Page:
The current laws assigning liability for infringing content to its owners are long-standing and have provided foundational protections that have worked in the effective development and operation of the streaming economy, and the broader content distribution market before it.

Further, we caution against approaches that presume that services hosting the material in question have any ability to determine whether or not it violates a (to-be-determined) digital replica right. Data challenges are prevalent in the music industry – an issue that long predates AI. Works are often distributed to services missing significant metadata identifiers, or with data inaccuracies. There is no identifier for AI-created works to identify them as such, much less something that identifies whether a work is AI-assisted or AI-generated.

First Amendment Protections
Any legislative area that impacts speech requires First Amendment protections. Numerous states have enacted “expressive works exemptions” to their right of publicity laws, recognizing that right of publicity statutes could impede or chill categories of speech. Such exceptions are critically important to preserving First Amendment protected speech, including depictions of individuals for a variety of purposes (e.g., docudramas, biographical purposes, parodies, political cartoons). Any digital replica law must build these safeguards into its structure. DiMA suggests that the existing body of law provides important guidance on this point.

Concerns with Currently Proposed Legislation
Recently proposed legislation, such as the No AI FRAUD Act, fails to consider many of these important guardrails. Indeed, the draft expressly requires courts to balance any First Amendment interests “against the intellectual property interest in the voice or likeness,” which is a novel approach to the ambit of First Amendment protection. It confers immediate liability on services that distribute AI-generated material, with immediate damages and no opportunity for remedy. And by positioning the newly created right as an intellectual property right, the bill departs from the concepts of personhood underlying the existing body of law and runs the risk that these rights would end up assigned away from the very people they were designed to protect and become economic chips to be bargained for—a chilling prospect when it comes to personal identity. IP law by its nature creates a property right and carries other provisions, such as alienability, that are unlikely to be suitable for governing control of an attribute in this context when talking about something as uniquely personal and inherent to an individual as their voice. Moreover, IP law typically comes with certain terms – including a post-mortem right – which we do not believe are appropriate in this context. Coupled with overly broad definitions, this bill would lead to significant new liability and uncertainty.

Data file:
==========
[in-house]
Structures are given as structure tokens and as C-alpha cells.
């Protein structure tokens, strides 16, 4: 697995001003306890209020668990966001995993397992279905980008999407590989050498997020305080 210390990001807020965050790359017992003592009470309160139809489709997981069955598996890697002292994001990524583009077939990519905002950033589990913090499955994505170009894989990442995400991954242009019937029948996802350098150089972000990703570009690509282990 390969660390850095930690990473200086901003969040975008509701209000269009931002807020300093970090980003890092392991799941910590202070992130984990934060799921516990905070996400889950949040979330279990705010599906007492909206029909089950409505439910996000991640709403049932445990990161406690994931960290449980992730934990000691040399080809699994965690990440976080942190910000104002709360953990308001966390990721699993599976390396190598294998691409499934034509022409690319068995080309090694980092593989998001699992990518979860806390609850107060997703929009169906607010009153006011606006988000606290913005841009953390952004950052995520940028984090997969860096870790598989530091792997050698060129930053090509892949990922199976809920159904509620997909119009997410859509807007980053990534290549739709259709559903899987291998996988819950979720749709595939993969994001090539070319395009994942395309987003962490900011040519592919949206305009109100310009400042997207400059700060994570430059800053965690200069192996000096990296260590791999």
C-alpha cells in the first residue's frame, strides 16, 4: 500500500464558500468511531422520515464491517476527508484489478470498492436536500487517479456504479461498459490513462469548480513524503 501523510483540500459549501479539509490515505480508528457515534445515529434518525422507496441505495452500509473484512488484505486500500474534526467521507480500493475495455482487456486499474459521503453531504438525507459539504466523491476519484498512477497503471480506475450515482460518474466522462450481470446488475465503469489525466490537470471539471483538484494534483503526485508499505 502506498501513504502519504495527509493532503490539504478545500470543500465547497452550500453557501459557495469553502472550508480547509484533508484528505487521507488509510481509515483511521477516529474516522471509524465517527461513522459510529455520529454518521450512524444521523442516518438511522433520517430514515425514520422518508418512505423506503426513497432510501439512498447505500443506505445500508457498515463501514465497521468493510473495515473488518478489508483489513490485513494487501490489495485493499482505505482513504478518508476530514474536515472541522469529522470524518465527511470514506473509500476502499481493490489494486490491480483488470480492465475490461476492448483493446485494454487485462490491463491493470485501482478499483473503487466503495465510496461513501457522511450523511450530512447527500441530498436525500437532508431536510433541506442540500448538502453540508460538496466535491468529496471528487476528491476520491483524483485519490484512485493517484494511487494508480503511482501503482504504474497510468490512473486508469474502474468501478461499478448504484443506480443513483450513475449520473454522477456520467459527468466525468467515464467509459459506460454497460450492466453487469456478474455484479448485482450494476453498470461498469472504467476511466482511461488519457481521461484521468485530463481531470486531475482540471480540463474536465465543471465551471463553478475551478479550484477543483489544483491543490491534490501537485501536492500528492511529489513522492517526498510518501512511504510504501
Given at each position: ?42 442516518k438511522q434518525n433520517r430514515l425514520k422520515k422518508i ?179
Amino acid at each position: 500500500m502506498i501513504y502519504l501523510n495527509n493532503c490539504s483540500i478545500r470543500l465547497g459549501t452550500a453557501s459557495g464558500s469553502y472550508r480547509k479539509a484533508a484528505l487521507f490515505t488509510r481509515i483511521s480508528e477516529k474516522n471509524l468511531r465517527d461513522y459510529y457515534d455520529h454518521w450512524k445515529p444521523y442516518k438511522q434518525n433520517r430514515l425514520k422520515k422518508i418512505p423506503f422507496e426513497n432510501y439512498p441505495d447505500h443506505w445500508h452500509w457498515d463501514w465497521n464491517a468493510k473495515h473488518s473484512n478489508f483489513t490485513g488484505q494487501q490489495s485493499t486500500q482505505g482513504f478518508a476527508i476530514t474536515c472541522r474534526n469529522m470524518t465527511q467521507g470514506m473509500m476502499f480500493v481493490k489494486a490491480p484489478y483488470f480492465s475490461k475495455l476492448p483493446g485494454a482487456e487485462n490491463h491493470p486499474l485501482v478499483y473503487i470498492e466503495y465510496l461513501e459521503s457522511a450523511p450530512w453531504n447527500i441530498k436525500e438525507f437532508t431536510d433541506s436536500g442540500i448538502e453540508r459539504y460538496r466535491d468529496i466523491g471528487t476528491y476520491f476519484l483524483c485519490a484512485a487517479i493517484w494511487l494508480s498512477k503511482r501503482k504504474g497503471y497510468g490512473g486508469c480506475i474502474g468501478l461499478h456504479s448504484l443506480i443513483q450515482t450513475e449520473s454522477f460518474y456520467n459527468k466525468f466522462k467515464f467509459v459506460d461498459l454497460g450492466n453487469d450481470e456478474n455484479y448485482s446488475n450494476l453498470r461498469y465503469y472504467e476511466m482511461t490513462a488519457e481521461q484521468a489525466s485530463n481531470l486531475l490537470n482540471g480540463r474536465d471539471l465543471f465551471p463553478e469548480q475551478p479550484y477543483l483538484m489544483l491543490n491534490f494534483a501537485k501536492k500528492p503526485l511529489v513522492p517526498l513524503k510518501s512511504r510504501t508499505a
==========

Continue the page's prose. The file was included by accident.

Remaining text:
We are concerned that the legislative proposals introduced to date would create uncertainty, increase barriers to entry for new competition, and have a chilling effect on the current operation of audio streaming and its future growth. We are thus heartened by the Committee’s interest in continuing to explore the right approach to personhood protection today.

Partner for Solutions
DiMA’s members invest significantly to ensure their platforms provide quality content that fans and consumers want to hear. DiMA and its members understand the importance of protecting an individual’s personhood, including voice, and look forward to working with industry partners to identify viable paths forward.
Our members care deeply about protecting against the unauthorized use of name, image, likeness, and voice and stand ready to serve as a resource to the Committee as considerations continue. We look forward to ongoing discussions with Committee members and appreciate your attention to this matter and to the views of all impacted stakeholders.

Graham Davies President and CEO, DiMA


The Honorable Jim Jordan, Chairman, House Judiciary Committee
The Honorable Jerrold Nadler, Ranking Member, House Judiciary Committee